How the U.S. Government Shutdown could impact your business aviation mission
Since late December 2018, the United States Government has been shut down due to a political dispute. The shutdown has had several impacts on the business aviation industry. With no immediate end in site, here’s what you need to know about how the shutdown could impact your business aviation mission.
1. Customs and Border Protection (CBP)
Currently, CBP is affected only with overtime arrivals. It is important that operators communicate directly with their port of entry to clarify any local port impacts on proposed arrival times, especially if the operation proposes to arrive after normal business hours.
- User Fee Decals – Reports have been made that shipments of CBP User Fee decals are being delayed during the shutdown. CBP has advised that operators who have not yet received a decal can verify their compliance by producing:
- An electronic or printed order history (available to the operator immediately after application is made)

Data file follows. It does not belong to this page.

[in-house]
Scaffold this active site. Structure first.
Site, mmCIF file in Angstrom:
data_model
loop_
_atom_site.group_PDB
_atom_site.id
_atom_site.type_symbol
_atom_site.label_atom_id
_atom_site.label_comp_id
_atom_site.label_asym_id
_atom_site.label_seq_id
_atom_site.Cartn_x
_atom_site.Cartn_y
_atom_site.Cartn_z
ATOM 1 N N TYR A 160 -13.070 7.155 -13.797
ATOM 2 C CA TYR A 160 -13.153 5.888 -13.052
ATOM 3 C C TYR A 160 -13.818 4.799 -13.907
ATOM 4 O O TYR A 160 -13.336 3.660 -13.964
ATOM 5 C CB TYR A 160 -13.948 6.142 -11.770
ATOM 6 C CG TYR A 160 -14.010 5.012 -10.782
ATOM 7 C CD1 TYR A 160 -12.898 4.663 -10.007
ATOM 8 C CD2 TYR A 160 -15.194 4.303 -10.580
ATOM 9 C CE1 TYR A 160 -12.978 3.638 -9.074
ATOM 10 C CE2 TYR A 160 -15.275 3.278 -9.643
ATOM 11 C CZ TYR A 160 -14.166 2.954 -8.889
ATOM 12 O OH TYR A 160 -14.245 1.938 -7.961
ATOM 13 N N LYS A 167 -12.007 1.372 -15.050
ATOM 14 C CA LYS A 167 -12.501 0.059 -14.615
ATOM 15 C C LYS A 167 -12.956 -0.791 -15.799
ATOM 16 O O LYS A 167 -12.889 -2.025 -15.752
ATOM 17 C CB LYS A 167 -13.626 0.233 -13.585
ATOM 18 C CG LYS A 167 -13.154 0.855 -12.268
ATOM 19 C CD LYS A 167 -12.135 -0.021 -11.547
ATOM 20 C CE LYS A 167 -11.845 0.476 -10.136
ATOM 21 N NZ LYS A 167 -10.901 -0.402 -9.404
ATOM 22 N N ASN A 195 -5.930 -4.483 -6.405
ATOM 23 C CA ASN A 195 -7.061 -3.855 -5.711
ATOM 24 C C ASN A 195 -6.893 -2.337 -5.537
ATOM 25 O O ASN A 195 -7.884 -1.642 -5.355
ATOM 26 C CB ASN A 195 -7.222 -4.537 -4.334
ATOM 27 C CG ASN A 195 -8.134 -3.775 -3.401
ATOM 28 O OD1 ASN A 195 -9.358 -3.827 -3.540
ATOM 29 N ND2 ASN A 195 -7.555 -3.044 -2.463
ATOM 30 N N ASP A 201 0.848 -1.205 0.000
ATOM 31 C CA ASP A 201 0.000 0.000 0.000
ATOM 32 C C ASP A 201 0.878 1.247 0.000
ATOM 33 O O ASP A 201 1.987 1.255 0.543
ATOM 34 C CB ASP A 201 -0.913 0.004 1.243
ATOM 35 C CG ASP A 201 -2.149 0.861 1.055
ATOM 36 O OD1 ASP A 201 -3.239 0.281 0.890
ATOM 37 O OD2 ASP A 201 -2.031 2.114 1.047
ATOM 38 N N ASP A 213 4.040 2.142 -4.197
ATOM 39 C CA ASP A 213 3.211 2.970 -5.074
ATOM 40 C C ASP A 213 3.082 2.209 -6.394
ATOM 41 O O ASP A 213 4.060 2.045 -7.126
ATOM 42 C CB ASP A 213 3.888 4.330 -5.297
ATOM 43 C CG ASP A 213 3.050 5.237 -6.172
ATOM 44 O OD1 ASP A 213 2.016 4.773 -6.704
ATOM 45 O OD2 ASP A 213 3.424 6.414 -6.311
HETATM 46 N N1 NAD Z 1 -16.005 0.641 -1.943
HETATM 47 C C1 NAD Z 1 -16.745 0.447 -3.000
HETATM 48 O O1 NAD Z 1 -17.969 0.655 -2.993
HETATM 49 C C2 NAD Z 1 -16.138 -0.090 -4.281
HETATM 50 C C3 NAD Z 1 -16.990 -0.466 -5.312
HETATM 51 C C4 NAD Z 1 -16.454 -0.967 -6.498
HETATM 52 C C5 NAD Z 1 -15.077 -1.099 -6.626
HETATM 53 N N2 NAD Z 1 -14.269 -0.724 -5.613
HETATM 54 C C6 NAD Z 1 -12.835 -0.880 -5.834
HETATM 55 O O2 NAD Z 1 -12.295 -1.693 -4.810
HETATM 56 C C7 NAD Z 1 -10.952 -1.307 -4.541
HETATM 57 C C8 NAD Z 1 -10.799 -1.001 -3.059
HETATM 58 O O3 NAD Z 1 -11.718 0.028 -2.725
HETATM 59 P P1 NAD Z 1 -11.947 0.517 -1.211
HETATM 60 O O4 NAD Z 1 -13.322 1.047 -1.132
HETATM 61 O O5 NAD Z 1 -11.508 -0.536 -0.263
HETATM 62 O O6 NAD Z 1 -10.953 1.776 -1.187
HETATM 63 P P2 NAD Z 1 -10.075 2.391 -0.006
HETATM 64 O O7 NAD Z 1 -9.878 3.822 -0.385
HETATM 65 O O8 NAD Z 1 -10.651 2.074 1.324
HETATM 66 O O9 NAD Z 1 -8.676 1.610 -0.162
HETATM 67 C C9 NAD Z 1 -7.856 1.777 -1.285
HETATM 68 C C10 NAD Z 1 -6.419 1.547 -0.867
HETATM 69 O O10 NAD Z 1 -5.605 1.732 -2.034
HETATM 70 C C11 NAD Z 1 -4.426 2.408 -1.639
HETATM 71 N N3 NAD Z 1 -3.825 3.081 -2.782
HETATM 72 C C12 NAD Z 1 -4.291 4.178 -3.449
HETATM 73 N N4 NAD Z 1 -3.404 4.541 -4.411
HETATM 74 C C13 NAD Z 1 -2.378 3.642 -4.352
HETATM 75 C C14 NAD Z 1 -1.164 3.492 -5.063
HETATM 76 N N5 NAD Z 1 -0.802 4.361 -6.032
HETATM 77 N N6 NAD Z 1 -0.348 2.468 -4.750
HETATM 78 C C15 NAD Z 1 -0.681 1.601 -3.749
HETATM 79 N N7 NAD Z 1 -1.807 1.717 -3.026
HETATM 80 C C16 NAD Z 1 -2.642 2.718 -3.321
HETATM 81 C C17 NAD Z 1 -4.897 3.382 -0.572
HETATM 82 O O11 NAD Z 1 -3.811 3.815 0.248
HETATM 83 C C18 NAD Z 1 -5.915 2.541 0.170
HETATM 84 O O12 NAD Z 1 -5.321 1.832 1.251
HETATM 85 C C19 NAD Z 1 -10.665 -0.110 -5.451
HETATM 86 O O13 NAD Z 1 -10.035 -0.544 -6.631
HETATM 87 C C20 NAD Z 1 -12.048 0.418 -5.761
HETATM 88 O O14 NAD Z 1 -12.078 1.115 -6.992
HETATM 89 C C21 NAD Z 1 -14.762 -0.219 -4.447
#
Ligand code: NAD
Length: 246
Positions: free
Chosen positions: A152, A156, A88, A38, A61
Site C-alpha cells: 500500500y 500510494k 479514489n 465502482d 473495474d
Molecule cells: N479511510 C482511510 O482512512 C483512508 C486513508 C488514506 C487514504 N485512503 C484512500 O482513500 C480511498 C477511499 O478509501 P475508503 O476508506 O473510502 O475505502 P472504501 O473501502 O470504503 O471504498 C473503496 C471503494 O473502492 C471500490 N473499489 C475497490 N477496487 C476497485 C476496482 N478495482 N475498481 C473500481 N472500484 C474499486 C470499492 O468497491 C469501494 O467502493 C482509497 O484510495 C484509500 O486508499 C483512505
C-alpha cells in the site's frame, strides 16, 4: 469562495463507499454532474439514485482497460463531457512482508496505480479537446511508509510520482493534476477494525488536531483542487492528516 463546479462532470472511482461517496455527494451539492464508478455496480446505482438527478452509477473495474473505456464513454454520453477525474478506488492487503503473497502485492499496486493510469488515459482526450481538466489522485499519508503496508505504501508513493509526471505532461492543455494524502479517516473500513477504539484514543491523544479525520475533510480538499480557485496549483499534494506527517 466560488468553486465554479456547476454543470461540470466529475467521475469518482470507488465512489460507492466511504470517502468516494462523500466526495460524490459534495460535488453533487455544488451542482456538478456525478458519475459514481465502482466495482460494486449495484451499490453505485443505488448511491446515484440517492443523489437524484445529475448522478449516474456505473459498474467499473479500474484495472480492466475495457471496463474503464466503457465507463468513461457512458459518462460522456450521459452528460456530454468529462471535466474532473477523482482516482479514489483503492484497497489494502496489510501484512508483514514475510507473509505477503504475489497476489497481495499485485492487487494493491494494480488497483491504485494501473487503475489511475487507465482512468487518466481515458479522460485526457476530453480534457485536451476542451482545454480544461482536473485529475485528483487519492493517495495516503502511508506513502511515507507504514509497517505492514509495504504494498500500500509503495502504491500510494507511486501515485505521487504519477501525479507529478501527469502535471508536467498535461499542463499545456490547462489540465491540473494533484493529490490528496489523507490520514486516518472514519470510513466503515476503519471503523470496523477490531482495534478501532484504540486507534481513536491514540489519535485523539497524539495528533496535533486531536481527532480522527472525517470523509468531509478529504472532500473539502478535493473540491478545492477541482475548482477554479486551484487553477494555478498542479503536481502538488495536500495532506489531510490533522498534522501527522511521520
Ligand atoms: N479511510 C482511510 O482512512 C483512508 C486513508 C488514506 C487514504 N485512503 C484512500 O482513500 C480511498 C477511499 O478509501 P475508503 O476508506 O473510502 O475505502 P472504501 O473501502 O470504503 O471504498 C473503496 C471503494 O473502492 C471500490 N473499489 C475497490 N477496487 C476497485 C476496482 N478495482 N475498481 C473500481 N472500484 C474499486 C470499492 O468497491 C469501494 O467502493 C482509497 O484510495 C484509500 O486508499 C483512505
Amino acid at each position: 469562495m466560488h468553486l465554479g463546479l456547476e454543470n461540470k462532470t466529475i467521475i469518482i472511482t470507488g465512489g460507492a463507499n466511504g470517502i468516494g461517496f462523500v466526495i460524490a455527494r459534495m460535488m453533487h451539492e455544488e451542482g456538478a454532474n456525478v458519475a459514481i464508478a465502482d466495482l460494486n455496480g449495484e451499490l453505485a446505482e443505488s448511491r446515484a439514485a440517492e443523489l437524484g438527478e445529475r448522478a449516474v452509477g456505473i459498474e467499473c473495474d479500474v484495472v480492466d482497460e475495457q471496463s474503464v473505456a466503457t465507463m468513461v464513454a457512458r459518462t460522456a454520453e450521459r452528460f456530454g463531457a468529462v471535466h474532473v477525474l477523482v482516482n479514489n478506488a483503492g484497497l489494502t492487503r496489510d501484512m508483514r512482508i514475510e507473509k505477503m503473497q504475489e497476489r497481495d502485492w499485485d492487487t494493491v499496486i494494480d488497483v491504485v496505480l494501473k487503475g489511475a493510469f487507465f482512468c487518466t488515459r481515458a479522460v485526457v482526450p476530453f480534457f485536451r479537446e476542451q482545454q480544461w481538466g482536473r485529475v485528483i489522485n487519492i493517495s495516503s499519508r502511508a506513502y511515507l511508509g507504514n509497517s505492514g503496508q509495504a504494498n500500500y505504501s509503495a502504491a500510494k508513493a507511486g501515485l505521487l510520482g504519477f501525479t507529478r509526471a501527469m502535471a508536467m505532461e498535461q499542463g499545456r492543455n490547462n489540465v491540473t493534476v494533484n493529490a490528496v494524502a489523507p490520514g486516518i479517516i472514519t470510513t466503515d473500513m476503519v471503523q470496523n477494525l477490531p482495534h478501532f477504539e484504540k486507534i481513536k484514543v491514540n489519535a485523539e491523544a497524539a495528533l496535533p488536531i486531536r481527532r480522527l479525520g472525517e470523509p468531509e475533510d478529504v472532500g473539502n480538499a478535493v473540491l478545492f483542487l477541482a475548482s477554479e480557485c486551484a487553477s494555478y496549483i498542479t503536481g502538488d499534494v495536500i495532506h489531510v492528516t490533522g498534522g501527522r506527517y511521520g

- Or an electronic or printed order receipt (available after the order has been processed by DTOPS).
- Registration and airworthiness certificate changes/renewals are also not being processed.
2. Border Overflight Exemptions
There have been no Border Overflight Exemption applications processed since the shutdown began and no indication at this time that there will be until it is over.
3. Transportation Security Administration (TSA)
As of now, there is no impact to the TSA. TSA Waivers will continue to be issued during the shutdown. However, there are reports of a growing number of TSA workers calling in sick, which could lead to delays and longer lines at airports.
4. Department of Transportation (DOT)
The DOT has suspended all non-essential legal functions related to acquisitions, aviation licensing (including airman certificates), and regulatory policies.
5. Federal Aviation Administration (FAA)
As a result of the shutdown, aircraft deliveries requiring FAA approval have been delayed. Training is also being impacted, as FAA trainers and testing are backlogged due to the furlough of FAA resources.
When funding does resume, and the shutdown ends, all non-essential operations will restart, creating a backlog of work that will take months to catch up. If you would like further information or have other inquiries please contact Universal’s Global Regulatory Services Team.